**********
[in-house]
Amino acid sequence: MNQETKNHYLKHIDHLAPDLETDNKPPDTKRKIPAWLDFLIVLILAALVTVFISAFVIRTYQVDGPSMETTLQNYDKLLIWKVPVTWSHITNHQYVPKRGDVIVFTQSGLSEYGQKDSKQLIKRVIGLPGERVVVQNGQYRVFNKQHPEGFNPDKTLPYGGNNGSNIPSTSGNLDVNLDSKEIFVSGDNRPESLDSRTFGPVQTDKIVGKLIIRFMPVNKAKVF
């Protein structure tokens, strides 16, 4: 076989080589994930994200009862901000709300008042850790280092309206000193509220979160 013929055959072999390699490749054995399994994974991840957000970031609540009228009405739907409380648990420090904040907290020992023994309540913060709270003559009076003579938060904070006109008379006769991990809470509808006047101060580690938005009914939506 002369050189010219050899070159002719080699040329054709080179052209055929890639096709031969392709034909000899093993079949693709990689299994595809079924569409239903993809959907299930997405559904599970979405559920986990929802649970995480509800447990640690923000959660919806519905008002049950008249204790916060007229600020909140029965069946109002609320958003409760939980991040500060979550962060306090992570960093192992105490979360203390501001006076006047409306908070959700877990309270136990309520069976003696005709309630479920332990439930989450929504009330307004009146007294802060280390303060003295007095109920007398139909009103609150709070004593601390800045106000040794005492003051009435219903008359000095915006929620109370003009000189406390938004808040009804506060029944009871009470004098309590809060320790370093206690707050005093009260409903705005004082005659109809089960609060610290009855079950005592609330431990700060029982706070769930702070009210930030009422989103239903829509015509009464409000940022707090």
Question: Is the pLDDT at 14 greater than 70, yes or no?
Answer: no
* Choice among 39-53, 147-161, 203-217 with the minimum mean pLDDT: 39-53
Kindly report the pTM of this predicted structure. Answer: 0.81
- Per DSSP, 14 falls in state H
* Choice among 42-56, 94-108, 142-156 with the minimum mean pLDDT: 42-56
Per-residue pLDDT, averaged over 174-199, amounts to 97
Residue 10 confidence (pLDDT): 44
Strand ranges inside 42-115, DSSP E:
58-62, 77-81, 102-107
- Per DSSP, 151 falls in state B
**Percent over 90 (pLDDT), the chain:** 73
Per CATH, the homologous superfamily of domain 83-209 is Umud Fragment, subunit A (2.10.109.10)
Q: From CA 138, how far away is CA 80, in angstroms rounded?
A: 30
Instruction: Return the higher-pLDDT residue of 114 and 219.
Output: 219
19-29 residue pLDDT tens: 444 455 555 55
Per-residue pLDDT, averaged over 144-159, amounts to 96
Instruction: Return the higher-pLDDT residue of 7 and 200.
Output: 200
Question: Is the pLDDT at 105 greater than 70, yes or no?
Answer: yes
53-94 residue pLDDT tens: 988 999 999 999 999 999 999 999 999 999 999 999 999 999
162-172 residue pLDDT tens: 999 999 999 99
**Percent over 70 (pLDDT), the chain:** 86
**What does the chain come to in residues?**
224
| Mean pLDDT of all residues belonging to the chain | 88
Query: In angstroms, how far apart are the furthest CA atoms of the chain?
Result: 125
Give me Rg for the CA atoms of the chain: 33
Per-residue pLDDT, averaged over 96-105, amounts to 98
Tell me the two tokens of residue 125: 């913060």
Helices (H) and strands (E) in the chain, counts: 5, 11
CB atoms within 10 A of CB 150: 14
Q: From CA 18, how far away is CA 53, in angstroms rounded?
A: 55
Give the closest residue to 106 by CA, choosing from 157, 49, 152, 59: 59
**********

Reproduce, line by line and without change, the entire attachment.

[in-house]
Amino acid sequence: MNQETKNHYLKHIDHLAPDLETDNKPPDTKRKIPAWLDFLIVLILAALVTVFISAFVIRTYQVDGPSMETTLQNYDKLLIWKVPVTWSHITNHQYVPKRGDVIVFTQSGLSEYGQKDSKQLIKRVIGLPGERVVVQNGQYRVFNKQHPEGFNPDKTLPYGGNNGSNIPSTSGNLDVNLDSKEIFVSGDNRPESLDSRTFGPVQTDKIVGKLIIRFMPVNKAKVF
């Protein structure tokens, strides 16, 4: 076989080589994930994200009862901000709300008042850790280092309206000193509220979160 013929055959072999390699490749054995399994994974991840957000970031609540009228009405739907409380648990420090904040907290020992023994309540913060709270003559009076003579938060904070006109008379006769991990809470509808006047101060580690938005009914939506 002369050189010219050899070159002719080699040329054709080179052209055929890639096709031969392709034909000899093993079949693709990689299994595809079924569409239903993809959907299930997405559904599970979405559920986990929802649970995480509800447990640690923000959660919806519905008002049950008249204790916060007229600020909140029965069946109002609320958003409760939980991040500060979550962060306090992570960093192992105490979360203390501001006076006047409306908070959700877990309270136990309520069976003696005709309630479920332990439930989450929504009330307004009146007294802060280390303060003295007095109920007398139909009103609150709070004593601390800045106000040794005492003051009435219903008359000095915006929620109370003009000189406390938004808040009804506060029944009871009470004098309590809060320790370093206690707050005093009260409903705005004082005659109809089960609060610290009855079950005592609330431990700060029982706070769930702070009210930030009422989103239903829509015509009464409000940022707090």
Question: Is the pLDDT at 14 greater than 70, yes or no?
Answer: no
* Choice among 39-53, 147-161, 203-217 with the minimum mean pLDDT: 39-53
Kindly report the pTM of this predicted structure. Answer: 0.81
- Per DSSP, 14 falls in state H
* Choice among 42-56, 94-108, 142-156 with the minimum mean pLDDT: 42-56
Per-residue pLDDT, averaged over 174-199, amounts to 97
Residue 10 confidence (pLDDT): 44
Strand ranges inside 42-115, DSSP E:
58-62, 77-81, 102-107
- Per DSSP, 151 falls in state B
**Percent over 90 (pLDDT), the chain:** 73
Per CATH, the homologous superfamily of domain 83-209 is Umud Fragment, subunit A (2.10.109.10)
Q: From CA 138, how far away is CA 80, in angstroms rounded?
A: 30
Instruction: Return the higher-pLDDT residue of 114 and 219.
Output: 219
19-29 residue pLDDT tens: 444 455 555 55
Per-residue pLDDT, averaged over 144-159, amounts to 96
Instruction: Return the higher-pLDDT residue of 7 and 200.
Output: 200
Question: Is the pLDDT at 105 greater than 70, yes or no?
Answer: yes
53-94 residue pLDDT tens: 988 999 999 999 999 999 999 999 999 999 999 999 999 999
162-172 residue pLDDT tens: 999 999 999 99
**Percent over 70 (pLDDT), the chain:** 86
**What does the chain come to in residues?**
224
| Mean pLDDT of all residues belonging to the chain | 88
Query: In angstroms, how far apart are the furthest CA atoms of the chain?
Result: 125
Give me Rg for the CA atoms of the chain: 33
Per-residue pLDDT, averaged over 96-105, amounts to 98
Tell me the two tokens of residue 125: 């913060």
Helices (H) and strands (E) in the chain, counts: 5, 11
CB atoms within 10 A of CB 150: 14
Q: From CA 18, how far away is CA 53, in angstroms rounded?
A: 55
Give the closest residue to 106 by CA, choosing from 157, 49, 152, 59: 59